North Africa, West Asia

The birth pangs of Qatar’s art scene

In which the claim by Yes Minister’s Sir Humphrey that, “subsidy is not to be given for what the people want! It is for what the people don't want but ought to have!” resonates in Qatar.  

Sarah El-Richani
16 October 2013

One month after social media users, led by a Qatari journalist, accused the Qatar Museums Authority (QMA) of corruption, mismanagement and nepotism, a series of exhibitions and artwork were unveiled around Doha this October. This  stoked more controversy.

Coup de tête, a colossal bronze depiction of the moment Zinedine Zidane headbutted the Italian defender Marco Materazzi in the 2006 World Cup final by the French-Algerian artist Adel Abdessemed, was installed on Doha’s corniche earlier this month.

This was followed by the unveiling of Damien Hirst’s ‘The Miraculous Journey’. The work, which is estimated to have cost $20m, consisting of 14 bronze sculptures, captures the development of a foetus from conception to birth.  

While the QMA’s chairwoman and sister to the current Emir, Sheikha Mayassa al-Thani was quick to state that the sculptures are “not against our culture or our religion”, some Qataris active on social media have lamented the mushrooming of these “idols” around Doha, calling on the Ministry of Awqaf and Islamic Affairs to intervene. (Some ultra-conservative Muslim scholars and believers equate erecting, displaying and owning sculptures with idolatry - a cardinal sin in Islam. Although, there have been a few infamous and dismissed fatwas or religious edicts considering Egyptian ruins and statues as idolatrous, the century-old fatwa issued by Mufti Mohammad Abdu and which argued that sculptures that are not worshipped are not un-Islamic, remains in force.)

Meanwhile, others jokingly insist that the baby boy be dressed or at least diapered. Oddly enough, the statues were covered up again a few days after the unveiling; allegedly to protect them from the dust emanating from construction sites in the vicinity. Coincidentally, perhaps, Hirst’s ‘Golden Calf’ and ‘False Idol’, were not part of the artist’s ‘Relics’ exhibition which opened a few days later.

A stone’s throw away from Hirst’s sculptures in the Mathaf - the Arab Museum for Modern Art - an exhibition by Abdessemed, the artist responsible for the Coup de tête, also managed to “ruffle feathers”, particularly with one film Printemps, which is alleged to depict chickens being burnt alive.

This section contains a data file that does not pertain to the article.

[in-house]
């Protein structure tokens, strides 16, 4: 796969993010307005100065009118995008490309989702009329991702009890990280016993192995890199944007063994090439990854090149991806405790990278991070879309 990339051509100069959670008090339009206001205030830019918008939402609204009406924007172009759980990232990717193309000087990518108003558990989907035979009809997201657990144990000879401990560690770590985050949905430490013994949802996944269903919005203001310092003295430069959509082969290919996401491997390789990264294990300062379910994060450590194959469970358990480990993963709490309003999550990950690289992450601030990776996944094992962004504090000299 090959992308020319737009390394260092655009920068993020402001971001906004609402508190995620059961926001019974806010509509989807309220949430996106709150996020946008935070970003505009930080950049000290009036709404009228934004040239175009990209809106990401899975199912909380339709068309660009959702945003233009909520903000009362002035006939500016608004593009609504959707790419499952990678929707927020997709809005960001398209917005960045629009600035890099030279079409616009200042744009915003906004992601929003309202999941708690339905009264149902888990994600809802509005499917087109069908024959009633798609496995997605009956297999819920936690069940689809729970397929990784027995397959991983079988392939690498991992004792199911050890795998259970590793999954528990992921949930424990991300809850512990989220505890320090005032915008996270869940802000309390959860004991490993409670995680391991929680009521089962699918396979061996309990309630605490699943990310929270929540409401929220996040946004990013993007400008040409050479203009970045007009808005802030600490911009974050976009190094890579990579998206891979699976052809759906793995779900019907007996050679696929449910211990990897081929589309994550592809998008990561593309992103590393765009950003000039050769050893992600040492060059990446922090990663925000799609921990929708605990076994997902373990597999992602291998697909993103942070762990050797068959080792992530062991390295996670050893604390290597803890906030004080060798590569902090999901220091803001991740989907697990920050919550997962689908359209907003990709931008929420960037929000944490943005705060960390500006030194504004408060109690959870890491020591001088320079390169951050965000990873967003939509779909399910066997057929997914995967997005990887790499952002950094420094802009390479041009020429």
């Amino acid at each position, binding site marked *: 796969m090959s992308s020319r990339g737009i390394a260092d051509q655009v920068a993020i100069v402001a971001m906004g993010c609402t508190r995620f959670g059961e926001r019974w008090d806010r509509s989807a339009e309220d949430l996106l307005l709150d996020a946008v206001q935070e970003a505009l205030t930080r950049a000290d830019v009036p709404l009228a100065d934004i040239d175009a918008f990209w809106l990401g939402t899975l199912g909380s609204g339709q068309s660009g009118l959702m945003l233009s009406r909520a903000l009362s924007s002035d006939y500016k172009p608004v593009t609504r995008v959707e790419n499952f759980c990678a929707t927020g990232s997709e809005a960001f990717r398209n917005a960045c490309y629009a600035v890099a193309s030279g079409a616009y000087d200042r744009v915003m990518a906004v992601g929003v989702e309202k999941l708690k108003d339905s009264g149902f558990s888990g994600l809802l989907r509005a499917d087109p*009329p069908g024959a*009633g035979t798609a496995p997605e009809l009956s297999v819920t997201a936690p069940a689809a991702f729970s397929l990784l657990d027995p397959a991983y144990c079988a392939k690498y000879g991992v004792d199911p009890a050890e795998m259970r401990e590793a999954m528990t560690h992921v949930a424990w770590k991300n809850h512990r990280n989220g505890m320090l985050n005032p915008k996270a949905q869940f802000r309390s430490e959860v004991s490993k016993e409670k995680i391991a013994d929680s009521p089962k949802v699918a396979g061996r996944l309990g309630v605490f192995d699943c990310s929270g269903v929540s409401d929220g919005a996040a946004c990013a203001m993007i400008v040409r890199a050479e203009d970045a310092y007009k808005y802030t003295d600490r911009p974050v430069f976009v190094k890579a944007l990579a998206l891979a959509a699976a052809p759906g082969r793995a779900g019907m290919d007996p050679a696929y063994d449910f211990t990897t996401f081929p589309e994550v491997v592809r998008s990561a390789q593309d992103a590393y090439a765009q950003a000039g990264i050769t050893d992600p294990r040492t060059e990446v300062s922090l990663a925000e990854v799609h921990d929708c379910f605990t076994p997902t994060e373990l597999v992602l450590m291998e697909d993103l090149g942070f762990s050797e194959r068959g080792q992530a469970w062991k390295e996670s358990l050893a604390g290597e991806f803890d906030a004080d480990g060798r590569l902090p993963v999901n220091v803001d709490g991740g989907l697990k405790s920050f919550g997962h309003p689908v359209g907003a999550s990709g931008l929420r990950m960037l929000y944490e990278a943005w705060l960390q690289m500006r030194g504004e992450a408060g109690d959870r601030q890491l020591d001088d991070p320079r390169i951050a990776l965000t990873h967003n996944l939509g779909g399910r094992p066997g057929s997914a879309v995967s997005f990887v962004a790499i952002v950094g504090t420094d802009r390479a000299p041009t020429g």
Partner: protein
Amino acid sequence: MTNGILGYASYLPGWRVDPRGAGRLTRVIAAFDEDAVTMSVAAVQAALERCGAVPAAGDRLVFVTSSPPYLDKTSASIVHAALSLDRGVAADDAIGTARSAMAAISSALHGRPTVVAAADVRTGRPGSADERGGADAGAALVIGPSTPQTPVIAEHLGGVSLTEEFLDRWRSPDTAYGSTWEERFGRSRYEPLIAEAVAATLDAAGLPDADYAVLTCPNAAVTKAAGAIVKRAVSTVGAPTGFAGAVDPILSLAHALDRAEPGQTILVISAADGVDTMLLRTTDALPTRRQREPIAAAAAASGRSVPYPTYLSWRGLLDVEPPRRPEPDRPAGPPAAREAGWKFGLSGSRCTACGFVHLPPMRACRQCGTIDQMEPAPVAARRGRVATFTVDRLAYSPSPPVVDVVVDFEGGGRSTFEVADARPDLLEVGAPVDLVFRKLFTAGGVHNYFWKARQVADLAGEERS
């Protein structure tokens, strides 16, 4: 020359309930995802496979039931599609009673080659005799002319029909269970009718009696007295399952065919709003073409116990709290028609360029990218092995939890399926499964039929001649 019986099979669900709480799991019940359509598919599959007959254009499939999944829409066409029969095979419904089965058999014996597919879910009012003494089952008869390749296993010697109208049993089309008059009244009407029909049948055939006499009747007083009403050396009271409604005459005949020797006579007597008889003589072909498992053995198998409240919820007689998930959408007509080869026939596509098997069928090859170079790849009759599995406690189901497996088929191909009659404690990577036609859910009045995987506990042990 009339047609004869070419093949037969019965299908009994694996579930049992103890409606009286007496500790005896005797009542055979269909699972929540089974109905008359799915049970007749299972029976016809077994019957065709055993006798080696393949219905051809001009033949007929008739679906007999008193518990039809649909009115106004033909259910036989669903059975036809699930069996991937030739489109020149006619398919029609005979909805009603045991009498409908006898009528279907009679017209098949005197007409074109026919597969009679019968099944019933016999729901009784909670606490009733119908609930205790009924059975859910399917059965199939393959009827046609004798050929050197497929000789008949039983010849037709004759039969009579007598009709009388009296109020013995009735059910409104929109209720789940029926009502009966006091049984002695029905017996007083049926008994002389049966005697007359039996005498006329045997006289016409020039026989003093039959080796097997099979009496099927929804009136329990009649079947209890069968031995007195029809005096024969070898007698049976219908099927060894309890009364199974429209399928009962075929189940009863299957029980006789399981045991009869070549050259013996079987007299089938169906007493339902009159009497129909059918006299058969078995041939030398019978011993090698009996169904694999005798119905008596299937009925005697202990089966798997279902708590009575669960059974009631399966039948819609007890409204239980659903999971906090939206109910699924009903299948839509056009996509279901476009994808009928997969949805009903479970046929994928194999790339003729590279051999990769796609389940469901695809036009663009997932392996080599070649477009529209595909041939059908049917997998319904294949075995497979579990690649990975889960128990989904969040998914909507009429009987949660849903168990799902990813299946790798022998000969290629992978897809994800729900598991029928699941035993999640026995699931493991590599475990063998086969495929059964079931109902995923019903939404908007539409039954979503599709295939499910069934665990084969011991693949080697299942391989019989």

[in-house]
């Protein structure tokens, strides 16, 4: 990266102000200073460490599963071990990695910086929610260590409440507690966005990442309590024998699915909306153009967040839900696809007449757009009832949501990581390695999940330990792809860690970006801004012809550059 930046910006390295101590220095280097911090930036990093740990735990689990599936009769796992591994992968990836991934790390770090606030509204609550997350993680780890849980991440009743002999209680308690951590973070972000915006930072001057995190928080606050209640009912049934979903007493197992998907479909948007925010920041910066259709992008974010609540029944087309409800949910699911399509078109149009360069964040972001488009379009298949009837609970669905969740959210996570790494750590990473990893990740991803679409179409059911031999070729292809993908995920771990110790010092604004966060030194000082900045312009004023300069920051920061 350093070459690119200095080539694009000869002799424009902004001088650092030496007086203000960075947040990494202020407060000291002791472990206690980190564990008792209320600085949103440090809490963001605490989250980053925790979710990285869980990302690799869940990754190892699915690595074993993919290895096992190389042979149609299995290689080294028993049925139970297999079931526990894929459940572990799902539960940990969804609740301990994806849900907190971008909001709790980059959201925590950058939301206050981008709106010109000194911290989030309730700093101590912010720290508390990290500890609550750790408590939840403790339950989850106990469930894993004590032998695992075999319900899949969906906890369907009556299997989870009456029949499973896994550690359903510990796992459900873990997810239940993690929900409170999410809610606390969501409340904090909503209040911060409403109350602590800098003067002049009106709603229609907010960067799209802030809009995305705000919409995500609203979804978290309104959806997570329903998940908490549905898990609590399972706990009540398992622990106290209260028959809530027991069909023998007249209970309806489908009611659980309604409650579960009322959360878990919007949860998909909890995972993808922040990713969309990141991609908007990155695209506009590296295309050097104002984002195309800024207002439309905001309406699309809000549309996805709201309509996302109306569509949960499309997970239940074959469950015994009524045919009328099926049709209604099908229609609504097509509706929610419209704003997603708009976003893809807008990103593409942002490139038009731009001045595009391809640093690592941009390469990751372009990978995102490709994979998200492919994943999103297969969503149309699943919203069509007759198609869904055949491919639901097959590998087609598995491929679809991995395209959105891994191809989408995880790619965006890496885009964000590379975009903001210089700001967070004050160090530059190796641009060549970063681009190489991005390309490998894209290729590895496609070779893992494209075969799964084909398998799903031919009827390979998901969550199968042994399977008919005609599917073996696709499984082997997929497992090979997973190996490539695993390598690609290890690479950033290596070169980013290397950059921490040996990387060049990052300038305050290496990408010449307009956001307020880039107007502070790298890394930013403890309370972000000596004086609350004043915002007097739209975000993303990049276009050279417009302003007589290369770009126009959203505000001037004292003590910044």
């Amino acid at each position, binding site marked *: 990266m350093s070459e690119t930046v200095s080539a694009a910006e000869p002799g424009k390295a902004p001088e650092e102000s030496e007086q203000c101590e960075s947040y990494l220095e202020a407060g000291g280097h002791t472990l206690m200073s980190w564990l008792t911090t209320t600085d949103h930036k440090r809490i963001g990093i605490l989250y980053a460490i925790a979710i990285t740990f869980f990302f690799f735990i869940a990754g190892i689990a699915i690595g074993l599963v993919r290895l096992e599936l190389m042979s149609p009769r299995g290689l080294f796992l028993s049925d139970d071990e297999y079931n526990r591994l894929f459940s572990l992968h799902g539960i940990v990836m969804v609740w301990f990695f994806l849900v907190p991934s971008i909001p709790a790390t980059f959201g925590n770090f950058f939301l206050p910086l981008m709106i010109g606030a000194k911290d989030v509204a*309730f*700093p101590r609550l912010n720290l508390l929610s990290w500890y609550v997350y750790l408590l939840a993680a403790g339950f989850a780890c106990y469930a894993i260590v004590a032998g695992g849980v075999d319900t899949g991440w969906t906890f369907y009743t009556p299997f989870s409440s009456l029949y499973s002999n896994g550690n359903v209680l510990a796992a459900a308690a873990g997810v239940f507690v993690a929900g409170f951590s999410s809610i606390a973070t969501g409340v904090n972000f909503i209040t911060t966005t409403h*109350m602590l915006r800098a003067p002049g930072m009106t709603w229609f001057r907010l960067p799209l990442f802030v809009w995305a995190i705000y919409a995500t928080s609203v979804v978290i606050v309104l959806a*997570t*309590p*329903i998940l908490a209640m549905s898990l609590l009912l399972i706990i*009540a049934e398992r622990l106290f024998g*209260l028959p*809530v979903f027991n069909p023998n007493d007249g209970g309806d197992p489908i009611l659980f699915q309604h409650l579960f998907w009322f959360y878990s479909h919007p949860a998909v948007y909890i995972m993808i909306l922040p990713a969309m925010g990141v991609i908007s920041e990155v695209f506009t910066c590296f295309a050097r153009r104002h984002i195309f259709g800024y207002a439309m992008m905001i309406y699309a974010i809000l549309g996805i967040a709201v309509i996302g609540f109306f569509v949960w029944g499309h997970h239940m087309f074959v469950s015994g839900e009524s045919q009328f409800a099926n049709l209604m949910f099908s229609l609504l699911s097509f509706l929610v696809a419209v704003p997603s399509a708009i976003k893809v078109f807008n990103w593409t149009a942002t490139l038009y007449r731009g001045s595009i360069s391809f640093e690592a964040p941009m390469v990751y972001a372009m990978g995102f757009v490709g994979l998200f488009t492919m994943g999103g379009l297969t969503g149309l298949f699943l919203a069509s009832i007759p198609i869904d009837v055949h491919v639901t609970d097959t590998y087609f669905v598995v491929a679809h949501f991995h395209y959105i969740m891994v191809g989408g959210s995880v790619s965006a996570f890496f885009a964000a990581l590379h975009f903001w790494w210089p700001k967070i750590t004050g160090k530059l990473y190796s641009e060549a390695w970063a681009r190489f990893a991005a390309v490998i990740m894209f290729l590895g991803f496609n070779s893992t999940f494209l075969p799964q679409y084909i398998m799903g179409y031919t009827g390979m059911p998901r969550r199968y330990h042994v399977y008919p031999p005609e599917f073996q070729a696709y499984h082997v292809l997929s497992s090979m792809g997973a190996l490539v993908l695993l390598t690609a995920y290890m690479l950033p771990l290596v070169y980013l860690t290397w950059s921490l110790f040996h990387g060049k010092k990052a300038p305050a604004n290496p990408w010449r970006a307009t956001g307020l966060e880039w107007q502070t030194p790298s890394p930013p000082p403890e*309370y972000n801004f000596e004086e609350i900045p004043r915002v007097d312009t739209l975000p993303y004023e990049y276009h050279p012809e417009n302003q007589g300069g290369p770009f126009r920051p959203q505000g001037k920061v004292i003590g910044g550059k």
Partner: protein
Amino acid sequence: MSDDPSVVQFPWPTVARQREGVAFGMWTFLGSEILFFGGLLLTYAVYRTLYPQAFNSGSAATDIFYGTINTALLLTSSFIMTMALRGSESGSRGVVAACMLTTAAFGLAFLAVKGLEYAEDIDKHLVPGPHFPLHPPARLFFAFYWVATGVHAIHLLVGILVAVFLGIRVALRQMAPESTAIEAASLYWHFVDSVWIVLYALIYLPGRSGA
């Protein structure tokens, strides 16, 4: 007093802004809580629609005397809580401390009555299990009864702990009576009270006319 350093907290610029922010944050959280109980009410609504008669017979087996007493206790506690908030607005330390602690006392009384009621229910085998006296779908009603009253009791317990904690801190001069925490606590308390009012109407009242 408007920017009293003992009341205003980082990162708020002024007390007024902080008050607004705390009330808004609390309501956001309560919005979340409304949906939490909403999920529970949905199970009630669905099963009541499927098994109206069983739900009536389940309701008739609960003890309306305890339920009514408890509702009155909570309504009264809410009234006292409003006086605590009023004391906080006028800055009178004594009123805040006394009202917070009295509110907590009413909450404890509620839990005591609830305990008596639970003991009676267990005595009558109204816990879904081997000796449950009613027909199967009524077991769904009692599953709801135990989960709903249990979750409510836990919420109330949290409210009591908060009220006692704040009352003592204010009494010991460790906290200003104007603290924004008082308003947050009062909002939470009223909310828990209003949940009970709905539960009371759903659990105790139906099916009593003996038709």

Despite Abdessemed’s view that “art is a fire that cannot be put out...”, reports circulating on social media sites claim that Shaikha Mayassa has intervened and put out that fire. Officials, however, claim that there were technical issues preventing them from showing the film.

Meanwhile, the Hirst exhibition curator’s claim that the fig leaf covering Saint Bartholomew’s nudity was attached for a Chinese exhibition and could have been removed in Doha, seems far-fetched in light of the Greek statue kerfuffle earlier this year, when two nude statues were withdrawn from the exhibition Olympics –past and present, after the Greek Minister of Culture objected to having their nudity covered.

Art-induced controversy in the Gulf States is not new. In the nearby emirate of Abu Dhabi, despite delays, the Guggenheim and the Louvre are shortly expected to open branches. A petition by artists and critics demanding that the rights of the migrant workers who are erecting these edifices are upheld, has been joined by more murmurings from those who have expressed concerns about inevitable exclusions from these museums. In recent years, art works have also been withdrawn from the contemporary art exhibition Art Dubai, and the Sharjah Art Foundation’s director Biennial was sacked.

Qatar’s culture queen” has on several occasions spoken of the power of art in triggering debate; but some of these debates have circled around criticism at how public money is used, where the often unannounced acquisitions end up, as well as their relevance to Qatar.

The QMA, however, has consciously cultivated and recognized local and regional culture, sensibilities and talents by establishing the Museum of Islamic Art and the Museum of Arab Modern Art. Seasonal exhibitions such as the February 2014 exhibition of Levantine artist Mona Hatoum as well as the Hajj, Journey Through Art exhibition launch last week are clear nods in that direction. Still, more could be done to support local and Arab artists and to convince the public of the QMA’s new mandate as a “private entity for public good.”

At the same time, however, the claim by Yes Minister’s Sir Humphrey that “subsidy is not to be given for what the people want! It is for what the people don't want but ought to have!”, resonates in Qatar.  

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